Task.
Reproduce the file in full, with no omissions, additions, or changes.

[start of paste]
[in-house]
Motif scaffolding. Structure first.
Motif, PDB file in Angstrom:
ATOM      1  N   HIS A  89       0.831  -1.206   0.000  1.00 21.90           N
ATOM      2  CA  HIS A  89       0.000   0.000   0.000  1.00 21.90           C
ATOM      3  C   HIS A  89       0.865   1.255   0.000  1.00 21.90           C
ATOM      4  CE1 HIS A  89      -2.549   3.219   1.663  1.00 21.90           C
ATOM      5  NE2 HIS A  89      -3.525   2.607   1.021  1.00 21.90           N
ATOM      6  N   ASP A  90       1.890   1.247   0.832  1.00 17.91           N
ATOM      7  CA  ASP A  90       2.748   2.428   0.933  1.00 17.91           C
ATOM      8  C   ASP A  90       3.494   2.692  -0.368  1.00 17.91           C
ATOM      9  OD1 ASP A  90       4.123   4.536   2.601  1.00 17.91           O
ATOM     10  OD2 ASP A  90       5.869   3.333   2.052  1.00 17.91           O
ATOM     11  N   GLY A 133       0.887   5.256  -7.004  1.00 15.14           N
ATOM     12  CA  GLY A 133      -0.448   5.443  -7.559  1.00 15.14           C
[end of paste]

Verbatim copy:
[in-house]
Motif scaffolding. Structure first.
Motif, PDB file in Angstrom:
ATOM      1  N   HIS A  89       0.831  -1.206   0.000  1.00 21.90           N
ATOM      2  CA  HIS A  89       0.000   0.000   0.000  1.00 21.90           C
ATOM      3  C   HIS A  89       0.865   1.255   0.000  1.00 21.90           C
ATOM      4  CE1 HIS A  89      -2.549   3.219   1.663  1.00 21.90           C
ATOM      5  NE2 HIS A  89      -3.525   2.607   1.021  1.00 21.90           N
ATOM      6  N   ASP A  90       1.890   1.247   0.832  1.00 17.91           N
ATOM      7  CA  ASP A  90       2.748   2.428   0.933  1.00 17.91           C
ATOM      8  C   ASP A  90       3.494   2.692  -0.368  1.00 17.91           C
ATOM      9  OD1 ASP A  90       4.123   4.536   2.601  1.00 17.91           O
ATOM     10  OD2 ASP A  90       5.869   3.333   2.052  1.00 17.91           O
ATOM     11  N   GLY A 133       0.887   5.256  -7.004  1.00 15.14           N
ATOM     12  CA  GLY A 133      -0.448   5.443  -7.559  1.00 15.14           C